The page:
Static Fluids - Net Start Class

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Transcript Static Fluids - Net Start Class

Static Fluids
Quantitative Exercise 10.1
• Saturn has the lowest density of all the planets in
the solar system (MSaturn = 5.7 x 1026 kg and VSaturn=
9.0 x 1023 m3). The average density of a neutron
star is 1018 kg/m3. Compare the mass of a pingpong ball filled with material from Saturn with that
of the same ball filled with material from a neutron
star. An empty ping-pong ball has a 0.037 m
diameter (0.0185 m radius) and a 48 g mass.
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Pressure exerted by a fluid
• Take a water bottle and poke four holes
at the same height along its perimeter.
• Parabolic-shaped streams of water
shoot out of the holes.
• The water inside must push out
perpendicular to the wall of the
bottle, just as gas pushes out
perpendicular to the wall of a
• Because the four streams are
identically shaped, the pressure at all
points at the same depth in the fluid
is the same.
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Pascal's first law
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Pascal's first law at a
microscopic level
• Particles inside a container move randomly in all
• When we push harder on one of the surfaces of the
container, the fluid becomes compressed.
• The molecules near that surface collide more
frequently with their neighbors, which in turn
collide more frequently with their neighbors.
• The extra pressure exerted at one surface quickly
spreads, such that soon there is increased pressure
throughout the fluid.
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• A person with glaucoma has closed drainage canals.
The buildup of fluid causes increased pressure
throughout the eye, including at the retina and
optic nerve, which can lead to blindness.
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Hydraulic lift
• Pressure changes uniformly throughout the liquid, so the
pressure under piston 2 is the same as the pressure under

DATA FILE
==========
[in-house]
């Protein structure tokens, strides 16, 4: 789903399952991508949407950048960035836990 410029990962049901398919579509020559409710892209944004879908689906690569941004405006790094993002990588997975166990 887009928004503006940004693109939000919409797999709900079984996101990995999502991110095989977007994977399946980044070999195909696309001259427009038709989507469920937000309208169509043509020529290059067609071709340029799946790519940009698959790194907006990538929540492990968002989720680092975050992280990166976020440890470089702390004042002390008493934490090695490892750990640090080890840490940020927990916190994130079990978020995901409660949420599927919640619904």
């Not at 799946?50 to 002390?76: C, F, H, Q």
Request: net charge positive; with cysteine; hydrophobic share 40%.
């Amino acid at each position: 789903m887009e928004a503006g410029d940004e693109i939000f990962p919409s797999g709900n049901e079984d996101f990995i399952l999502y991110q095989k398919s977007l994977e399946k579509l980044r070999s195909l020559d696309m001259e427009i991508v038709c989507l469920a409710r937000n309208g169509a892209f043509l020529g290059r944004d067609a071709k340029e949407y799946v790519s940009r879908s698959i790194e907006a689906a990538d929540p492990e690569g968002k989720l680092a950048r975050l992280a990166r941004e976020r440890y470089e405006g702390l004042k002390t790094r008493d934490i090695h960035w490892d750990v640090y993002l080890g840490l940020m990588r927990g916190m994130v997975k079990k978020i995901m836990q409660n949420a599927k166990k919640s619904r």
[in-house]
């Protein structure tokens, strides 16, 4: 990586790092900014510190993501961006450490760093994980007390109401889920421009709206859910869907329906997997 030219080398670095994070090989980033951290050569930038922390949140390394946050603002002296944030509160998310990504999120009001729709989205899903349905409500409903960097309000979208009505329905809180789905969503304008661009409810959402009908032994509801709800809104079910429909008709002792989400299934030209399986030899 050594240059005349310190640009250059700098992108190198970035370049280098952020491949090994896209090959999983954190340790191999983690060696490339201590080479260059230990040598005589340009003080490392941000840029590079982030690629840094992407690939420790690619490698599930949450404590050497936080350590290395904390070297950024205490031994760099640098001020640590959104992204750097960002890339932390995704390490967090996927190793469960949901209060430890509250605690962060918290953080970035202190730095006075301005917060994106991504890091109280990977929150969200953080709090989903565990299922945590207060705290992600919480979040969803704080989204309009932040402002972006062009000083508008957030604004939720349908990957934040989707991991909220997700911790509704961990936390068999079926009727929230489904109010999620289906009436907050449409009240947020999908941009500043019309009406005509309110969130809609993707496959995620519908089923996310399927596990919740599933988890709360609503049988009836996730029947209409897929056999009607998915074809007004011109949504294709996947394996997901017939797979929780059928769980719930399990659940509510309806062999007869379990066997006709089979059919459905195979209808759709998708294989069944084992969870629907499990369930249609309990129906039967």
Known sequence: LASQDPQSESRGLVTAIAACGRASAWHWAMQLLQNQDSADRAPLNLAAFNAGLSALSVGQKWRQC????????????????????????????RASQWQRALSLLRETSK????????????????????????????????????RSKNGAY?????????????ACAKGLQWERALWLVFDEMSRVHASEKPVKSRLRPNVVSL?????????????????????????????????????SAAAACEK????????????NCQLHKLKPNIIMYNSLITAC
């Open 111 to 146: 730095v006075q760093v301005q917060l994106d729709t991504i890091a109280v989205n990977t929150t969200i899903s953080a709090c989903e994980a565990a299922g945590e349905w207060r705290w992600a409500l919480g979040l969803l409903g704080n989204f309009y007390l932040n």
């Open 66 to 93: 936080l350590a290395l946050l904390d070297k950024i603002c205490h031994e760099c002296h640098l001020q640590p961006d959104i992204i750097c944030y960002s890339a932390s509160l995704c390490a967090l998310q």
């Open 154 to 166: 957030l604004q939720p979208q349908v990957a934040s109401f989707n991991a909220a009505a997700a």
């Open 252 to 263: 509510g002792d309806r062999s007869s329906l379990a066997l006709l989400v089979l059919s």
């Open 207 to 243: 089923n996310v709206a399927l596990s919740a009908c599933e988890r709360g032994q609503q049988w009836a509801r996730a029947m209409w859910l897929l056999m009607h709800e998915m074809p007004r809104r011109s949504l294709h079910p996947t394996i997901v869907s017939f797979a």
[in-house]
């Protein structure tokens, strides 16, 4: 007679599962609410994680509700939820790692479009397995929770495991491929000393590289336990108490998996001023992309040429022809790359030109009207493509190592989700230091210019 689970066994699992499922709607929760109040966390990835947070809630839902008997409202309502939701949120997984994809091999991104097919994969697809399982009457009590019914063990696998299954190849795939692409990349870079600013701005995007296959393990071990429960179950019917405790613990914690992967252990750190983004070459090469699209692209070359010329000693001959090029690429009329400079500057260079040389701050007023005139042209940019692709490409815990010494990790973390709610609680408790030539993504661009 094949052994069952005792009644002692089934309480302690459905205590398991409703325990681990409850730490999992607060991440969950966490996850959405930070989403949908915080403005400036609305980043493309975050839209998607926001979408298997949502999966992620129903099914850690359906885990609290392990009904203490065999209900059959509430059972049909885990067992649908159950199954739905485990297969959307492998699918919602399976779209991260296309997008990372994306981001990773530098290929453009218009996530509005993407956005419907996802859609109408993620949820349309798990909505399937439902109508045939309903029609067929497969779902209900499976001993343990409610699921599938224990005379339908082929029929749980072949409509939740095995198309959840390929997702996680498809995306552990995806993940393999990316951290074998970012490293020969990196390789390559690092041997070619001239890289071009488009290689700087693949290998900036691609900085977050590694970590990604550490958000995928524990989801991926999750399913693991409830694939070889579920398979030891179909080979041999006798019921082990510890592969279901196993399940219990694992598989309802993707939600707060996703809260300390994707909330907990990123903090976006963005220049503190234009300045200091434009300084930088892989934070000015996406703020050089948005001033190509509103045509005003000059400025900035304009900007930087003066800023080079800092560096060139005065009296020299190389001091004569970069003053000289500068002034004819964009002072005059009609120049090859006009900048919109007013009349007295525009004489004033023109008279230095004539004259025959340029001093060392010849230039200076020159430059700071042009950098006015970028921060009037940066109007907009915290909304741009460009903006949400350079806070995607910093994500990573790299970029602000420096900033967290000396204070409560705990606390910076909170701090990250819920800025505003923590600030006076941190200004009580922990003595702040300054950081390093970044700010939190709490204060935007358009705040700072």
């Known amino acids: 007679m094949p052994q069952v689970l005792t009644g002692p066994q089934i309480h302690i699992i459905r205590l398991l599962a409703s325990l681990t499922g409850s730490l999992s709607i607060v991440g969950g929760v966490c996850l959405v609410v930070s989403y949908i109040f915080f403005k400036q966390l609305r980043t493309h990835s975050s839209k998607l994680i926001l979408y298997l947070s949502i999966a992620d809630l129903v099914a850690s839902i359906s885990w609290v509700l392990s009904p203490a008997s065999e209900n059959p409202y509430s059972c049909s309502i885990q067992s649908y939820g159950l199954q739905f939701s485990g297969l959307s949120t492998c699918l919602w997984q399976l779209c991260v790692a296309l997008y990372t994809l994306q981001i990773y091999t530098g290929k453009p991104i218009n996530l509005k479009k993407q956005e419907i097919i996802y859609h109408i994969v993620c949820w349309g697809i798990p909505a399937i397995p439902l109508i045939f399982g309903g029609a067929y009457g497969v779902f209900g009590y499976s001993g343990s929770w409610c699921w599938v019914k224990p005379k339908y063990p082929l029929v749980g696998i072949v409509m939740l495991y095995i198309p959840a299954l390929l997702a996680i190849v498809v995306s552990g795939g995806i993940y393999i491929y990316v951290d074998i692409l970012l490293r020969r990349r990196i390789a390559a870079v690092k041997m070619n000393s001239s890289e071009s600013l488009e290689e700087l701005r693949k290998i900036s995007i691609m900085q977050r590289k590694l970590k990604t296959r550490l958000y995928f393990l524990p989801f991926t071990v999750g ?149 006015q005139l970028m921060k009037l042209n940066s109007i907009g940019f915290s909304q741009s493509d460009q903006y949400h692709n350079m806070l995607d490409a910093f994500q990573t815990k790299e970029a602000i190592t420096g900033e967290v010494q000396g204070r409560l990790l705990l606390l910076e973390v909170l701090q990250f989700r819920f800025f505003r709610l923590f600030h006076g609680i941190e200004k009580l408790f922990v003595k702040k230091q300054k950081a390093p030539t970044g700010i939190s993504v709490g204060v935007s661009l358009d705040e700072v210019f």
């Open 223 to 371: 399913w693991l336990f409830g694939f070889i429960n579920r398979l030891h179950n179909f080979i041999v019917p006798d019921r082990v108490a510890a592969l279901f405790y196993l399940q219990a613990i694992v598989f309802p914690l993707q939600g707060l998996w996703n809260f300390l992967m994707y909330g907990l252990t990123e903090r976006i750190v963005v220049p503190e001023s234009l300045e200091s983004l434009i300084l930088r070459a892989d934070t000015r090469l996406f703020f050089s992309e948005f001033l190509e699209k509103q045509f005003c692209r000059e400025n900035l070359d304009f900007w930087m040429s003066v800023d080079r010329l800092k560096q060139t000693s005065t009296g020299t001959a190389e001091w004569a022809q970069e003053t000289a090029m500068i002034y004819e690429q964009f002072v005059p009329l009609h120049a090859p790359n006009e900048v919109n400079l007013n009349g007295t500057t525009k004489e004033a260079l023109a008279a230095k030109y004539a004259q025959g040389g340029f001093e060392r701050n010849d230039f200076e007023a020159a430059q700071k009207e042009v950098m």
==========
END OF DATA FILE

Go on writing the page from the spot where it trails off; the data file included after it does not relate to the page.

piston 1 if they are at the same elevation.
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Example 10.2
• A hydraulic lift has a small piston with surface area
0.0020 m2 and a larger piston with surface area
0.20 m2. Piston 2 and the car placed on piston 2
have a combined mass of 1800 kg. What is the
minimal force that piston 1 needs to exert on the
fluid to slowly lift the car?
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Pressure variation with depth
• Is the pressure the same throughout a vertical column of
• If the pressure is the same, we should observe water
coming out at the same arcs, as shown in Figure
10.7a. However, what we actually observe is Figure
• Which assumptions might we need to reconsider to
reconcile this observation with Pascal's first law?
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Pressure variation with depth
• From the observed patterns, we reason that
the pressure of the liquid at the hole depends
only on the height of the liquid above the hole,
and not on the mass of the liquid above. We
also see that the pressure at a given depth is
the same in all directions.
• Pascal's first law fails to explain this pressure
variation at different depths below the surface.
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Why does pressure vary at different levels?
• The top surface of the bottom book in the stack must balance the force
exerted by the nine books above it plus the pressure force exerted by the
air on the top book.
• The pressure increases on the top surface of each book in the stack as we
go lower in the stack.
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Testing our model of pressure in a liquid
• The model predicts that some water will come out of the
bottle when we remove one tack, but that the leaking will
soon stop.
• This is exactly what happens when we perform the
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How can we quantify pressure change with
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